After receiving the US April 2008 issue of Bazaar, I rolled my eyes and kept flipping through my mail. Seriously, US Harper’s is really killing my faith in fashion mags. Luckily, the UK issue of Harper’s is as refreshing as the new season, featuring one of my favorite women, model, designer and activistâ€“Liya Kebede! This cover just oozes spring.
I love Liya because she is just Liya – no pretense, no antics or hitting people with cellphones. More than just a supermodel, at 30, she is an activist, designer, wife and mother to two beautiful babies, Suhul (7) & Raee (2), who is on the way to becoming a model herself. Check her out after the jump.
I came across a interesting article in Cookie Magazine while at the doctor’s office recently and found it online, hopefully the Harper’s article elaborates a bit more about her recent endeavors….
” One of Liya Kebede’s proudest achievements came in the mail. Among the bills and catalogs was an envelope with designs for the tags to be sewn into every garment made by Lemlem, her new children’s-wear line. And there, in plain letters, were three little words that amounted to one big triumph: made in Ethiopia.
Bear in mind, the Addis Ababa nativeâ€”who now lives in Manhattan with her husband, Kassy; their 7-year-old son, Suhul; and their 2-year-old daughter, Raeeâ€”has bragging rights to a few other accomplishments: In addition to being a top model (she first made a name for herself in 2000 on the Milan runways) and an actress, she was named a World Health Organization goodwill ambassador in 2005 for raising awareness of health risks to mothers and children in the developing world. In 2006, she launched the Liya Kebede Foundation (for which she received our Smart Cookie Award last April) to address the same concerns.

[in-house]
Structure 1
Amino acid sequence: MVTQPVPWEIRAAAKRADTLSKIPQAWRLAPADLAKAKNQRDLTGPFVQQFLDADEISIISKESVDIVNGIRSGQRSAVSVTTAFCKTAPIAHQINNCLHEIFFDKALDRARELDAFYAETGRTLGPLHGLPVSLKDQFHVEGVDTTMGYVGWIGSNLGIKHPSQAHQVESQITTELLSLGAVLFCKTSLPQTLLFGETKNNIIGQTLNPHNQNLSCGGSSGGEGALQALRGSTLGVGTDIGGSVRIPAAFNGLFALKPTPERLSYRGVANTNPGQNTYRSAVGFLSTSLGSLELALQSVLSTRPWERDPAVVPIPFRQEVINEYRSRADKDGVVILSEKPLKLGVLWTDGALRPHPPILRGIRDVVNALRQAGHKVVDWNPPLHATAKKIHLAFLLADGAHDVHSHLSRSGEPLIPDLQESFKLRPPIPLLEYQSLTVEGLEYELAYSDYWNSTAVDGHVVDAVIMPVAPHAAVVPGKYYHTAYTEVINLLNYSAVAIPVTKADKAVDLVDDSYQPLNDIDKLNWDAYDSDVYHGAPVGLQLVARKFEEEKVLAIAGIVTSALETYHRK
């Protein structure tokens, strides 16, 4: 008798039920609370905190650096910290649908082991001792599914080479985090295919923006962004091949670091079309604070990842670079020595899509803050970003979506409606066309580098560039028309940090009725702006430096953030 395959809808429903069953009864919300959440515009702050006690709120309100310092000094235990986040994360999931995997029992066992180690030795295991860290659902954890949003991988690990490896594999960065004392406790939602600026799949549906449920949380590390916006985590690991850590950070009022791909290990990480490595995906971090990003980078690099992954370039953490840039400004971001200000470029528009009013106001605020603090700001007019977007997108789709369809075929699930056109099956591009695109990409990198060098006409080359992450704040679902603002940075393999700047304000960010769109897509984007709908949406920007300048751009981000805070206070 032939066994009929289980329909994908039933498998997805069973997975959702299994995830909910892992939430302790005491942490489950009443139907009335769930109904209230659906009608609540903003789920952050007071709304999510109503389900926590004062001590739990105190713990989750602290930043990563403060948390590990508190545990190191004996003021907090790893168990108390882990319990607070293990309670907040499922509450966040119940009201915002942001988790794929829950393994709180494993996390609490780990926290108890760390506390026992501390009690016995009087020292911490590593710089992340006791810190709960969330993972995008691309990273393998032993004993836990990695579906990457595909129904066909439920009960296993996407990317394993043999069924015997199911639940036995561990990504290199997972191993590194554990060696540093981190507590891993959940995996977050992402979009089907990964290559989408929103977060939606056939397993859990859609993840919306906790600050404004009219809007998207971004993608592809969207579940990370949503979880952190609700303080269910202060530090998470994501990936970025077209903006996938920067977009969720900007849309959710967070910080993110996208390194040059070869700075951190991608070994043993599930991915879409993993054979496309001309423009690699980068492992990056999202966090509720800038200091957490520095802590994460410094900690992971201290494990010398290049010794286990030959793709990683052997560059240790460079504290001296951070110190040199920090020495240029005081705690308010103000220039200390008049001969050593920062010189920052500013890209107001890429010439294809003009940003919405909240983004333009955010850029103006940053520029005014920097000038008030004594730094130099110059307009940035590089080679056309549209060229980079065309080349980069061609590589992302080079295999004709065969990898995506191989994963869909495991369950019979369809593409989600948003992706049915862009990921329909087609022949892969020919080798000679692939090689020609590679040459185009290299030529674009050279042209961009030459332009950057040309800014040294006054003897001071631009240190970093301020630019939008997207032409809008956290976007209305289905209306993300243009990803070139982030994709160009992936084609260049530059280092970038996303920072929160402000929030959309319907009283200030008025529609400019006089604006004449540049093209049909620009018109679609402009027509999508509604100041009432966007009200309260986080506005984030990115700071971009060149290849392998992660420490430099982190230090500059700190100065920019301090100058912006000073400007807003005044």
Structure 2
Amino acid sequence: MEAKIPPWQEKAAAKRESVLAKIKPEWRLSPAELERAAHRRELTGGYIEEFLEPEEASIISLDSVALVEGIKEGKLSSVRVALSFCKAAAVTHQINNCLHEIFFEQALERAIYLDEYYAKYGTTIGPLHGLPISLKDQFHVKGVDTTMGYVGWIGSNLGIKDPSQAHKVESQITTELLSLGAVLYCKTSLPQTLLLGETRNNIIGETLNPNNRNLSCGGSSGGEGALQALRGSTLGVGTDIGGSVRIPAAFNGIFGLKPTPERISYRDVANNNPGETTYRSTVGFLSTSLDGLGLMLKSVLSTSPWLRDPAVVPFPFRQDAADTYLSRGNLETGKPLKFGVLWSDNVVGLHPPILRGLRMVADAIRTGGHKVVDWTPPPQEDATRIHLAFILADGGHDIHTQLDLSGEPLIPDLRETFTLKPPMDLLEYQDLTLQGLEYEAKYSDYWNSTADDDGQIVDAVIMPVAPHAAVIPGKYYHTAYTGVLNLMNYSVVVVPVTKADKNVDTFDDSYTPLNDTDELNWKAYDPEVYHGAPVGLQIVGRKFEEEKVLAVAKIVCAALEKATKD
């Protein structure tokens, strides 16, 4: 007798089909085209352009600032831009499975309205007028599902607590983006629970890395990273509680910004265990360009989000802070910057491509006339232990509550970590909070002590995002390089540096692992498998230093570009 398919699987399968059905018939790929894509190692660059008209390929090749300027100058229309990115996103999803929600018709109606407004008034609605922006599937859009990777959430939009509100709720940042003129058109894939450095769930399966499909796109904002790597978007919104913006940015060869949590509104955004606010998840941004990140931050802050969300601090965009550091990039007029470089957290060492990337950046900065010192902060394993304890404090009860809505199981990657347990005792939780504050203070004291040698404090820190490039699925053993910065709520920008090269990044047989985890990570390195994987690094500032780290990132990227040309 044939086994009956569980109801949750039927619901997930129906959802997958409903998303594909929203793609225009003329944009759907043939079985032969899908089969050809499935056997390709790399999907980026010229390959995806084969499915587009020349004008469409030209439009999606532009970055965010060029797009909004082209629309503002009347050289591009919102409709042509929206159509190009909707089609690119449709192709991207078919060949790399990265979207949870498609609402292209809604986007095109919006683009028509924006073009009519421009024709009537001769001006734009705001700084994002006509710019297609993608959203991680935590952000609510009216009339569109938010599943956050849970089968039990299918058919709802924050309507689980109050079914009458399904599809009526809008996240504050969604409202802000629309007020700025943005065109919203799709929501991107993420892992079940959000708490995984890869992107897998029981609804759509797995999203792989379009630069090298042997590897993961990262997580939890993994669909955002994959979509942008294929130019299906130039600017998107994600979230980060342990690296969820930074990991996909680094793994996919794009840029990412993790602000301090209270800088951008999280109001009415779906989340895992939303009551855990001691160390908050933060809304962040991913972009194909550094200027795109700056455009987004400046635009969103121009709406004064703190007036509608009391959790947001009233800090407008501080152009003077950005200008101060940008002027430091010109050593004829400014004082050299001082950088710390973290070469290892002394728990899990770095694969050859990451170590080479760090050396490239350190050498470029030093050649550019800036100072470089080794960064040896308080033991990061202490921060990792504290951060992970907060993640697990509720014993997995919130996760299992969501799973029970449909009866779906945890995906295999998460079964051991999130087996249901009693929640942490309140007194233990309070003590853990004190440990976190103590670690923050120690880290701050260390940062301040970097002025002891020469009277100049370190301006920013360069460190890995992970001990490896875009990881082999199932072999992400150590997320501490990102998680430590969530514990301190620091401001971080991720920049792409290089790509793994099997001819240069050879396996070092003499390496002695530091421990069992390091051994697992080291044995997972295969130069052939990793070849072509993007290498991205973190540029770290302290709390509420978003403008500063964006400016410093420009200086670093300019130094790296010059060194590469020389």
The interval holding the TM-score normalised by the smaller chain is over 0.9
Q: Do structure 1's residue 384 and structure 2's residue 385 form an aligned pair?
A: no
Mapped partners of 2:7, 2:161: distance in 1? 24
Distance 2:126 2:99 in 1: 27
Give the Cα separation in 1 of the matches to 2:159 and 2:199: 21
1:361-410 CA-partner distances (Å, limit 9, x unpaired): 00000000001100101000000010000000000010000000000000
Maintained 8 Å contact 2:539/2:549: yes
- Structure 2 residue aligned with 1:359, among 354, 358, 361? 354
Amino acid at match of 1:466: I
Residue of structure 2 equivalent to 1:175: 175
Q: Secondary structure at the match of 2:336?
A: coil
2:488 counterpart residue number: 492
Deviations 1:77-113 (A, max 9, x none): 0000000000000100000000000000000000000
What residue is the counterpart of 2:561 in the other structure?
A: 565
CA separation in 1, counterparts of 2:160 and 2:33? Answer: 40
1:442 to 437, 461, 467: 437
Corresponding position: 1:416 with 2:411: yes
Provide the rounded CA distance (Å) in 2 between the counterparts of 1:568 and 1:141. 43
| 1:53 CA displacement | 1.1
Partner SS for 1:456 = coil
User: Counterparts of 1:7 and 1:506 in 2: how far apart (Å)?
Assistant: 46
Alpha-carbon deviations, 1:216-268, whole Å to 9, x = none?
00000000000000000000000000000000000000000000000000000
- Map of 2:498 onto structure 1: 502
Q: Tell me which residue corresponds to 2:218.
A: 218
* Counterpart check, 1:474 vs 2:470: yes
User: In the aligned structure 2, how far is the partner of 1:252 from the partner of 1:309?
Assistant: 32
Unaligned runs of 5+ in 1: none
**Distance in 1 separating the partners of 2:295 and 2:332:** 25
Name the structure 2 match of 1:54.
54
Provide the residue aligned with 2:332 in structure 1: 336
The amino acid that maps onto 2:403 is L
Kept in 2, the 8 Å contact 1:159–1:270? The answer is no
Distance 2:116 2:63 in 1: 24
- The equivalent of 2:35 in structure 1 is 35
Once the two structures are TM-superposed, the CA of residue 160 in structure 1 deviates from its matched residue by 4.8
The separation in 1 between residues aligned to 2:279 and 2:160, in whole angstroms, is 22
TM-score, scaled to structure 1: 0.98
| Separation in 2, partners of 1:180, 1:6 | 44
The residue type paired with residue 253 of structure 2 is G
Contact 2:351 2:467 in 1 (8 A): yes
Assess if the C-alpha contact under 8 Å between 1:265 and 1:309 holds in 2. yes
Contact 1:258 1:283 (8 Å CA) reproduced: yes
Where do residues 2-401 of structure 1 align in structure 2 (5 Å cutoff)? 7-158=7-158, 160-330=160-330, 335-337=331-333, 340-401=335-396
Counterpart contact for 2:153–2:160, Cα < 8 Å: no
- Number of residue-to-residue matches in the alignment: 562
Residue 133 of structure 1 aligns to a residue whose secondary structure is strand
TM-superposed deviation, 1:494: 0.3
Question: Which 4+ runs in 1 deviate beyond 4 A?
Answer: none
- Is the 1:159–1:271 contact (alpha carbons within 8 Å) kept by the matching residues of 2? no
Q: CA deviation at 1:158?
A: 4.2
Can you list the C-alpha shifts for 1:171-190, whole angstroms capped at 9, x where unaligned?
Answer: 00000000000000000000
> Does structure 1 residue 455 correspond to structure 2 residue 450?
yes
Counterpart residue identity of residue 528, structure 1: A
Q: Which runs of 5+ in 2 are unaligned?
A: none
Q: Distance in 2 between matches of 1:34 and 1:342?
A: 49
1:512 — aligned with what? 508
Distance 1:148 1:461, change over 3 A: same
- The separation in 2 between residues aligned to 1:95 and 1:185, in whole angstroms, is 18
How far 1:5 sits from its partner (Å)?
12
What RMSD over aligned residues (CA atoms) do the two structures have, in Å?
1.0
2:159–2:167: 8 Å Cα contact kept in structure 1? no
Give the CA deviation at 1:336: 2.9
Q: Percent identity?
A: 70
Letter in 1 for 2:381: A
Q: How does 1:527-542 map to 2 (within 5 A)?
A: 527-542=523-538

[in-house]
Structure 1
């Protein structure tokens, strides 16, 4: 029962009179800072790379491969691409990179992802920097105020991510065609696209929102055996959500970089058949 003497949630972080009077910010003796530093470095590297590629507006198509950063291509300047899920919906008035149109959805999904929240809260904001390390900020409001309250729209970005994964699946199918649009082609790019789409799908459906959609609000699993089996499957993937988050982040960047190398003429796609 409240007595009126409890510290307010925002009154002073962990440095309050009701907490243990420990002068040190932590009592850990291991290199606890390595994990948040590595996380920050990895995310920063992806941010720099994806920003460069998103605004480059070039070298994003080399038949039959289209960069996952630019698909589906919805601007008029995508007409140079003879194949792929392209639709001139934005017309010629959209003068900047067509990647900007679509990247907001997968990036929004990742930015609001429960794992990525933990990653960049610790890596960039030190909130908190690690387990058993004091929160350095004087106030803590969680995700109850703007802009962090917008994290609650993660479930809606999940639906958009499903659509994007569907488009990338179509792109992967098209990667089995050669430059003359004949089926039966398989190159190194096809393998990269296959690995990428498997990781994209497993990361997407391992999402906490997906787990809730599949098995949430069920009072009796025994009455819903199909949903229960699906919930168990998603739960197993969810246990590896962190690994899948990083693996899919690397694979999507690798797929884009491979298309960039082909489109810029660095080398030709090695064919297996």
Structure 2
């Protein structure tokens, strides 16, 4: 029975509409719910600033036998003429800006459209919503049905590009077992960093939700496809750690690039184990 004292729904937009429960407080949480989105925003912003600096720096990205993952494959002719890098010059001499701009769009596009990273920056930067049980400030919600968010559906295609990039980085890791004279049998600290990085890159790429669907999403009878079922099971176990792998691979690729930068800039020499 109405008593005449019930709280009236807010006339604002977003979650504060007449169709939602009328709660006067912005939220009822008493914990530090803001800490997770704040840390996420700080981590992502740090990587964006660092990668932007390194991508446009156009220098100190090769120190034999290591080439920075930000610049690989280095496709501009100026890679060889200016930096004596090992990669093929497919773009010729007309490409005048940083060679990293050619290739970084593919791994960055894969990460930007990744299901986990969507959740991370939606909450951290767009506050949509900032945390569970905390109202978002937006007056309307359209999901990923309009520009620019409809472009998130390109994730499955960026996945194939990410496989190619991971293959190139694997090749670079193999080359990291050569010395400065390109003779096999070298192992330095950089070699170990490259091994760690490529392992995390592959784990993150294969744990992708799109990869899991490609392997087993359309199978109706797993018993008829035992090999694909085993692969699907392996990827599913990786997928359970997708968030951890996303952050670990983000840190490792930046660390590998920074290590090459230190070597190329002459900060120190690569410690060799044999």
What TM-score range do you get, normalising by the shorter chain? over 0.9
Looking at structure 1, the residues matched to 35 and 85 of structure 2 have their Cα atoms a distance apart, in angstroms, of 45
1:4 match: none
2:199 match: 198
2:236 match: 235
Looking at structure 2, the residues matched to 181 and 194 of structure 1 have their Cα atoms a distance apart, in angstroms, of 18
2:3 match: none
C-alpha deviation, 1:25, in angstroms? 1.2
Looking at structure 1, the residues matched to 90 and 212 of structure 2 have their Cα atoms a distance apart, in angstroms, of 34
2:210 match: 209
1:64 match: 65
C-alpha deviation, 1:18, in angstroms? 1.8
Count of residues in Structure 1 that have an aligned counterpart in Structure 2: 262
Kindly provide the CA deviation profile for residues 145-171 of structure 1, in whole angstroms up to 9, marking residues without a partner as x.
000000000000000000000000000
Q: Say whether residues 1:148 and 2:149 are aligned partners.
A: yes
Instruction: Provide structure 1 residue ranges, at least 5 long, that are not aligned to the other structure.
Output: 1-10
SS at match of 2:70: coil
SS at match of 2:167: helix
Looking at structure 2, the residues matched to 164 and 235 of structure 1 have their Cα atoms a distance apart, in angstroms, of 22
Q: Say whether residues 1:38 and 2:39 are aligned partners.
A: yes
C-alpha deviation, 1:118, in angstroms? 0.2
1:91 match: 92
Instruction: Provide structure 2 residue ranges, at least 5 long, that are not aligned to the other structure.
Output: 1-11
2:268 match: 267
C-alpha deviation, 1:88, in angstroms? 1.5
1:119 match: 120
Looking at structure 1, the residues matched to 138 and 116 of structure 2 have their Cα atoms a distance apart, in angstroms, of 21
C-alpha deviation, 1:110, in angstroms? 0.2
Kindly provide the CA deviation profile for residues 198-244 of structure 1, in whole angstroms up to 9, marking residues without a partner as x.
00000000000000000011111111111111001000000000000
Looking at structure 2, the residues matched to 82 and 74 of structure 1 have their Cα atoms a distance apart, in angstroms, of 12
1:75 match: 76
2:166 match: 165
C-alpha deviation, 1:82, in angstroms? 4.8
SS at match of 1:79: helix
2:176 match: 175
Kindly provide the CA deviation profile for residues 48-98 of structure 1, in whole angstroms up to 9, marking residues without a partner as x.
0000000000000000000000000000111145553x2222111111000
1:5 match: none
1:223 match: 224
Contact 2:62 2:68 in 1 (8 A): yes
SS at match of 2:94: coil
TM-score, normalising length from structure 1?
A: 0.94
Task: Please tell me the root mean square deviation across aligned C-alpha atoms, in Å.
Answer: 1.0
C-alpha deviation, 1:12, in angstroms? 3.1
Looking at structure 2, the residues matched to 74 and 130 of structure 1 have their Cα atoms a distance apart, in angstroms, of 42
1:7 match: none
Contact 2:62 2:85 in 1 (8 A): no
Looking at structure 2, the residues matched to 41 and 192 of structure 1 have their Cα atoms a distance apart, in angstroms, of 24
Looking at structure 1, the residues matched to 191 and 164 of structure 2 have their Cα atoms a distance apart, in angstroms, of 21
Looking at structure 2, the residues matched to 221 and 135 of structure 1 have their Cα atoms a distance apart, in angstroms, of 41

But those Lemlem tags represent what Kebede hopes will be part of a sea change for her home country: “It’s wonderful to be able to donate and help people,” she says. “Yet at the end of the day, Ethiopia has to get out of poverty by economic power and by giving people jobsâ€”it’s like that expression, ‘Give a man a fish … teach a man to fish….'” She views Lemlem, which exposes local weavers to Western markets, as a small step in what will hopefully be the start of an industry. The clothes themselves reflect Kebede perfectly: modern and tailored to the fashion-forward setâ€”albeit a set that’s size 6Xâ€”but also calling on Ethiopian traditions (lemlem means “to bloom” in Amharic). “They’re chic and ethnic,” she points out, “made with traditional techniques like embroidery and hand weaving.”
As might be expected for a woman juggling several jobs, there’s no such thing as a typical day for Kebedeâ€”except letting Raee crawl into her bed around 2 a.m., then seeing Suhul off to school several bleary hours later. When she works from home, Raee is often underfoot, “so everything ends up taking that much longer,” she says. But no matter what, she plows ahead: “Whether it’s the foundation’s needs or a speech I have to give or modeling, things get done according to priority. Sometimes I feel I should get more organized, but then I think, Why fight it? This is my system: Just do what needs to be done next.” It’s understandable, then, that as flattered as she is when moms ask about Lemlem designs in grown-up sizes, she also gets a bit stressed out: “I think, Oh, no, don’t get me started on a women’s line. I am way too busy right now.”
Lemlem for women…judging from the kiddie stuff, it’s definitely desired.
Check out the article and more images of her and Raee here.
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